Health care overhaul could help Democrats get student aid reforms passed. The change would shift lending from private banks to the Education Department. Advocates say it could save at least $67 billion, which could be put back into more financial aid for needy students.
The vote on a health care reform bill could turn into a two-for-one deal. Democrats are planning to tack onto the bill an Obama administration plan to reform the federal student loan program.
The administration says the government could save tens of billions of dollars by cutting out banks and lending money directly to students. It's a risky move that could revive — or sink — two of the administration's top priorities.
A Potential 'Twin Victory'?
Removing private lenders from the federal student loan program was never going to be easy. But why is this proposal now part of the up-or-down vote on the health care bill? Even Education Secretary Arne Duncan says he doesn't know.
"But I know this is the right thing to do for our nation's students. It's the right thing to do for taxpayers," Duncan says.
Duncan says bypassing private lenders and having the Education Department lend directly to college students would save at least $67 billion. That's money that could be put back into much more financial aid for needy students and other education programs.
"This is excellent public policy," said Democratic Sen. Tom Harkin of Iowa, speaking to reporters last week. "It's also good politics for Democrats and Republicans alike."
He helped craft the plan to attach the direct lending proposal to the health care bill.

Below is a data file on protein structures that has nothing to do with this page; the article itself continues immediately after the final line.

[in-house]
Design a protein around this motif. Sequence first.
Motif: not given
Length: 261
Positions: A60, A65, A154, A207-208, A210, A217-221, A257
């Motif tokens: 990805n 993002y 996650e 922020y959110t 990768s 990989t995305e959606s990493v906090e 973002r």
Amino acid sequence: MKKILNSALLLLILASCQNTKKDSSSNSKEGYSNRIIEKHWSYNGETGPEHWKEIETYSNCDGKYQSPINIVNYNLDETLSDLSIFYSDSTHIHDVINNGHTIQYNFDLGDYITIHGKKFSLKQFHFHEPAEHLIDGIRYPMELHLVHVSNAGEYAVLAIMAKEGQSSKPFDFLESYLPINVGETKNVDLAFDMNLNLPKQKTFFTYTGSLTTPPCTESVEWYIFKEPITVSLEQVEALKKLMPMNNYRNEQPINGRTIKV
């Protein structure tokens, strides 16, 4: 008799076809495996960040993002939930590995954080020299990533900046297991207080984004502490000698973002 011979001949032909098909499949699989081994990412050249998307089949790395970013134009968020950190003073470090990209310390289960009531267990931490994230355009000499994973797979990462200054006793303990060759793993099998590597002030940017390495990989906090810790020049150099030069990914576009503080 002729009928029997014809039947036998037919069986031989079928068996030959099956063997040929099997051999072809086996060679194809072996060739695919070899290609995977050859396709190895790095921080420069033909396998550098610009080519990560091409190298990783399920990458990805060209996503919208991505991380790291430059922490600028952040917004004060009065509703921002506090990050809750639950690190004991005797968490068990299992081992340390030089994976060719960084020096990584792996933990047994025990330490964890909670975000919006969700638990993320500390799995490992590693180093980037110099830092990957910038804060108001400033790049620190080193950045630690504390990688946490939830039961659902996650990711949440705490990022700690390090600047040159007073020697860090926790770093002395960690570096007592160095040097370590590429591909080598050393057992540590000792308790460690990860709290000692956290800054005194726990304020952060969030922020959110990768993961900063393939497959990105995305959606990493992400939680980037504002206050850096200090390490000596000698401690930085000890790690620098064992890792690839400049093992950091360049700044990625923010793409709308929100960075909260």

"I also want to add that our bill would reduce the budget deficit — yes, you heard me right. Our bill would reduce the deficit by at least $5 billion," Harkin says.
Harkin called this "sweetening the pot," but that assumes it would attract the votes to pass both health care and major education legislation. Harkin says it would be a "twin victory."
Not Everyone Is In Favor
"I would disagree with Sen. Harkin," says John Dean, special counsel to the Consumer Bankers Association, which has lobbied to persuade Congress to reject direct lending.
Dean says if it passes, private lenders would have to cut 35,000 jobs, the nation's long-term debt would go up and borrowers would have fewer choices.
Attaching direct lending to health care means no Republican is likely to vote for it, and, says Dean, some Democrats may not vote for it either because the proposal would save $20 billion less than what the administration said it would.
"The original bill was too good to be true," Dean says. "Some Democrats are learning that the money is not there for community colleges or early childhood. I suspect some will start to worry about what else is going to be changed in the legislation."
Couldn't Make It On Its Own
Those who have supported direct lending admit that it would not have passed the Senate on its own because the political landscape has deteriorated since last September when it passed the House.
"Also, the economy got worse and more students were going back to school. The demand for Pell Grants skyrocketed," says Rich Williams, who is with the U.S. Public Interest Research Group.
This is why the savings that the Obama administration once touted had to be scaled down, making the whole idea less attractive. Now, says Williams, so much is happening behind closed doors that nobody knows what the direct lending proposal will look like.
But even if the health care bill is shot down and direct lending goes down with it, the Education Department will continue to run at least a modest version of the program.
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